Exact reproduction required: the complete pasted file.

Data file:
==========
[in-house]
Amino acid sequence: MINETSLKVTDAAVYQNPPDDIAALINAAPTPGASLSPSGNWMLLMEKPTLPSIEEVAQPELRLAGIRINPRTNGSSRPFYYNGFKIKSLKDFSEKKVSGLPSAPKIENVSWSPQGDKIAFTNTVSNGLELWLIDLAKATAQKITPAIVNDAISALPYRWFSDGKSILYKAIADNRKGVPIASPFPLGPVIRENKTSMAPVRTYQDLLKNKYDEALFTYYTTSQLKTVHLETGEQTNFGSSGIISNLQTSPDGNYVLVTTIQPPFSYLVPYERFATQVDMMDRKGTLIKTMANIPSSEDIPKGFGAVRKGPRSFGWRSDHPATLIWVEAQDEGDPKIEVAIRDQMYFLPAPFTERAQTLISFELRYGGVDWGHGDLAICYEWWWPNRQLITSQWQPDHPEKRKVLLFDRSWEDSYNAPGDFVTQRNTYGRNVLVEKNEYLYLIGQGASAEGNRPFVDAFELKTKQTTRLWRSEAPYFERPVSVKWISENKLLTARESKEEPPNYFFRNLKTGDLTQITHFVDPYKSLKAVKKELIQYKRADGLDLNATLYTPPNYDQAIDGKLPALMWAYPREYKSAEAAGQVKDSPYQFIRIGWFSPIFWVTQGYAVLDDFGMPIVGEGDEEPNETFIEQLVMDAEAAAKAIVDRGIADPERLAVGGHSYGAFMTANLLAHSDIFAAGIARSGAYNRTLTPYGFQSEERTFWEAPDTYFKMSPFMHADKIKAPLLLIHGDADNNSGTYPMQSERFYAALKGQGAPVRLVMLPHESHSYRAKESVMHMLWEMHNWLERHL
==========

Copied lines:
[in-house]
Amino acid sequence: MINETSLKVTDAAVYQNPPDDIAALINAAPTPGASLSPSGNWMLLMEKPTLPSIEEVAQPELRLAGIRINPRTNGSSRPFYYNGFKIKSLKDFSEKKVSGLPSAPKIENVSWSPQGDKIAFTNTVSNGLELWLIDLAKATAQKITPAIVNDAISALPYRWFSDGKSILYKAIADNRKGVPIASPFPLGPVIRENKTSMAPVRTYQDLLKNKYDEALFTYYTTSQLKTVHLETGEQTNFGSSGIISNLQTSPDGNYVLVTTIQPPFSYLVPYERFATQVDMMDRKGTLIKTMANIPSSEDIPKGFGAVRKGPRSFGWRSDHPATLIWVEAQDEGDPKIEVAIRDQMYFLPAPFTERAQTLISFELRYGGVDWGHGDLAICYEWWWPNRQLITSQWQPDHPEKRKVLLFDRSWEDSYNAPGDFVTQRNTYGRNVLVEKNEYLYLIGQGASAEGNRPFVDAFELKTKQTTRLWRSEAPYFERPVSVKWISENKLLTARESKEEPPNYFFRNLKTGDLTQITHFVDPYKSLKAVKKELIQYKRADGLDLNATLYTPPNYDQAIDGKLPALMWAYPREYKSAEAAGQVKDSPYQFIRIGWFSPIFWVTQGYAVLDDFGMPIVGEGDEEPNETFIEQLVMDAEAAAKAIVDRGIADPERLAVGGHSYGAFMTANLLAHSDIFAAGIARSGAYNRTLTPYGFQSEERTFWEAPDTYFKMSPFMHADKIKAPLLLIHGDADNNSGTYPMQSERFYAALKGQGAPVRLVMLPHESHSYRAKESVMHMLWEMHNWLERHL